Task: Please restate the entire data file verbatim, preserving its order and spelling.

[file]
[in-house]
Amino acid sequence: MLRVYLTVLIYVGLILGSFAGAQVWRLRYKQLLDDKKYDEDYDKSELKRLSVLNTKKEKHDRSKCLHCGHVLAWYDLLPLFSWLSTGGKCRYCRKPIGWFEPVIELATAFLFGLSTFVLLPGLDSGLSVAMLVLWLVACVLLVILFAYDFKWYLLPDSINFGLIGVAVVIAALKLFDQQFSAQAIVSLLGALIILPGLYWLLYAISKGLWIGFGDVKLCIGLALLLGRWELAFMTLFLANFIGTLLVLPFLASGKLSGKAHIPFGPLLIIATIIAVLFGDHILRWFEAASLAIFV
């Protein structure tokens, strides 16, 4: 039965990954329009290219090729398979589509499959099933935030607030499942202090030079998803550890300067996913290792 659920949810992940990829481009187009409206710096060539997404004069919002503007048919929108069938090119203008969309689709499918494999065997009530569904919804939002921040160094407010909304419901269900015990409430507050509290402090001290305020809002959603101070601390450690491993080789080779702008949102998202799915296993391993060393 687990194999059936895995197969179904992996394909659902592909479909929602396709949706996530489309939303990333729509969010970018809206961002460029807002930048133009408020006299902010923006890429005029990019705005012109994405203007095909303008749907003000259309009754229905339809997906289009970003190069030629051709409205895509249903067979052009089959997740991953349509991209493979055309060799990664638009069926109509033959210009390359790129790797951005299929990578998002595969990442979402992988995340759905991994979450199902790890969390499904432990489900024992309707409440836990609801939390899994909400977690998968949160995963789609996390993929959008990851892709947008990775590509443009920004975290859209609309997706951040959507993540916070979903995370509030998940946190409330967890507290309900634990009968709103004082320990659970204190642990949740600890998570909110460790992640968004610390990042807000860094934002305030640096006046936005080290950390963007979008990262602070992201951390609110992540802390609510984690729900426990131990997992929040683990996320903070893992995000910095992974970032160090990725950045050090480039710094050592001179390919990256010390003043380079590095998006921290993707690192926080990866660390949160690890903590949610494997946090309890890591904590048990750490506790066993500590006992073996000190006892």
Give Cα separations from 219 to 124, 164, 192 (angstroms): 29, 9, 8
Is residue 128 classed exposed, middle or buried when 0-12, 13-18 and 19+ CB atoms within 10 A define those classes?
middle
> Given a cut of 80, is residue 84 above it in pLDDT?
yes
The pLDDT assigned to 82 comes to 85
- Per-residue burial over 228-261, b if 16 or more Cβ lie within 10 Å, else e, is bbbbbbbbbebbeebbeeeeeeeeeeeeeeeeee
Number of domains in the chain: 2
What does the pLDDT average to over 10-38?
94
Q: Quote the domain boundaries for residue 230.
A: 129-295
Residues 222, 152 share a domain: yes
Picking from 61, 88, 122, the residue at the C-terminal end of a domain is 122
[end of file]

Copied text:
[in-house]
Amino acid sequence: MLRVYLTVLIYVGLILGSFAGAQVWRLRYKQLLDDKKYDEDYDKSELKRLSVLNTKKEKHDRSKCLHCGHVLAWYDLLPLFSWLSTGGKCRYCRKPIGWFEPVIELATAFLFGLSTFVLLPGLDSGLSVAMLVLWLVACVLLVILFAYDFKWYLLPDSINFGLIGVAVVIAALKLFDQQFSAQAIVSLLGALIILPGLYWLLYAISKGLWIGFGDVKLCIGLALLLGRWELAFMTLFLANFIGTLLVLPFLASGKLSGKAHIPFGPLLIIATIIAVLFGDHILRWFEAASLAIFV
């Protein structure tokens, strides 16, 4: 039965990954329009290219090729398979589509499959099933935030607030499942202090030079998803550890300067996913290792 659920949810992940990829481009187009409206710096060539997404004069919002503007048919929108069938090119203008969309689709499918494999065997009530569904919804939002921040160094407010909304419901269900015990409430507050509290402090001290305020809002959603101070601390450690491993080789080779702008949102998202799915296993391993060393 687990194999059936895995197969179904992996394909659902592909479909929602396709949706996530489309939303990333729509969010970018809206961002460029807002930048133009408020006299902010923006890429005029990019705005012109994405203007095909303008749907003000259309009754229905339809997906289009970003190069030629051709409205895509249903067979052009089959997740991953349509991209493979055309060799990664638009069926109509033959210009390359790129790797951005299929990578998002595969990442979402992988995340759905991994979450199902790890969390499904432990489900024992309707409440836990609801939390899994909400977690998968949160995963789609996390993929959008990851892709947008990775590509443009920004975290859209609309997706951040959507993540916070979903995370509030998940946190409330967890507290309900634990009968709103004082320990659970204190642990949740600890998570909110460790992640968004610390990042807000860094934002305030640096006046936005080290950390963007979008990262602070992201951390609110992540802390609510984690729900426990131990997992929040683990996320903070893992995000910095992974970032160090990725950045050090480039710094050592001179390919990256010390003043380079590095998006921290993707690192926080990866660390949160690890903590949610494997946090309890890591904590048990750490506790066993500590006992073996000190006892």
Give Cα separations from 219 to 124, 164, 192 (angstroms): 29, 9, 8
Is residue 128 classed exposed, middle or buried when 0-12, 13-18 and 19+ CB atoms within 10 A define those classes?
middle
> Given a cut of 80, is residue 84 above it in pLDDT?
yes
The pLDDT assigned to 82 comes to 85
- Per-residue burial over 228-261, b if 16 or more Cβ lie within 10 Å, else e, is bbbbbbbbbebbeebbeeeeeeeeeeeeeeeeee
Number of domains in the chain: 2
What does the pLDDT average to over 10-38?
94
Q: Quote the domain boundaries for residue 230.
A: 129-295
Residues 222, 152 share a domain: yes
Picking from 61, 88, 122, the residue at the C-terminal end of a domain is 122